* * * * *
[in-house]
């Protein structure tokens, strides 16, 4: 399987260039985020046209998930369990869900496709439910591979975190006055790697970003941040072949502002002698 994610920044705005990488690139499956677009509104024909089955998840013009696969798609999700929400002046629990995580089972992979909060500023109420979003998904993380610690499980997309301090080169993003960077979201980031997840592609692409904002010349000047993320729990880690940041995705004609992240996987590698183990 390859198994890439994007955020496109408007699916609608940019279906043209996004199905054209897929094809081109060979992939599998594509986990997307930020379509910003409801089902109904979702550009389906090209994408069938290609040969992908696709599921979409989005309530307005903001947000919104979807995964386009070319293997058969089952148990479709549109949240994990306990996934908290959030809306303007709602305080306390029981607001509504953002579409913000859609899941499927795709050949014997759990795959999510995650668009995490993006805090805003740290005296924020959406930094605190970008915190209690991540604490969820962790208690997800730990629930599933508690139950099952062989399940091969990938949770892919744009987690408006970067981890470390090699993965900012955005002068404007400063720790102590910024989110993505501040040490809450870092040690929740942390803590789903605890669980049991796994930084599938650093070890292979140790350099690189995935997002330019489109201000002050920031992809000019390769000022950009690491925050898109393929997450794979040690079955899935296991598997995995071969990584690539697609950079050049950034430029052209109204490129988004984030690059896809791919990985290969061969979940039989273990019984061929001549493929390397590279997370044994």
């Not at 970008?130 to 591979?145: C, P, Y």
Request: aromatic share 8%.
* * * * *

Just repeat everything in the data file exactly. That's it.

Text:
[in-house]
């Protein structure tokens, strides 16, 4: 399987260039985020046209998930369990869900496709439910591979975190006055790697970003941040072949502002002698 994610920044705005990488690139499956677009509104024909089955998840013009696969798609999700929400002046629990995580089972992979909060500023109420979003998904993380610690499980997309301090080169993003960077979201980031997840592609692409904002010349000047993320729990880690940041995705004609992240996987590698183990 390859198994890439994007955020496109408007699916609608940019279906043209996004199905054209897929094809081109060979992939599998594509986990997307930020379509910003409801089902109904979702550009389906090209994408069938290609040969992908696709599921979409989005309530307005903001947000919104979807995964386009070319293997058969089952148990479709549109949240994990306990996934908290959030809306303007709602305080306390029981607001509504953002579409913000859609899941499927795709050949014997759990795959999510995650668009995490993006805090805003740290005296924020959406930094605190970008915190209690991540604490969820962790208690997800730990629930599933508690139950099952062989399940091969990938949770892919744009987690408006970067981890470390090699993965900012955005002068404007400063720790102590910024989110993505501040040490809450870092040690929740942390803590789903605890669980049991796994930084599938650093070890292979140790350099690189995935997002330019489109201000002050920031992809000019390769000022950009690491925050898109393929997450794979040690079955899935296991598997995995071969990584690539697609950079050049950034430029052209109204490129988004984030690059896809791919990985290969061969979940039989273990019984061929001549493929390397590279997370044994």
């Not at 970008?130 to 591979?145: C, P, Y």
Request: aromatic share 8%.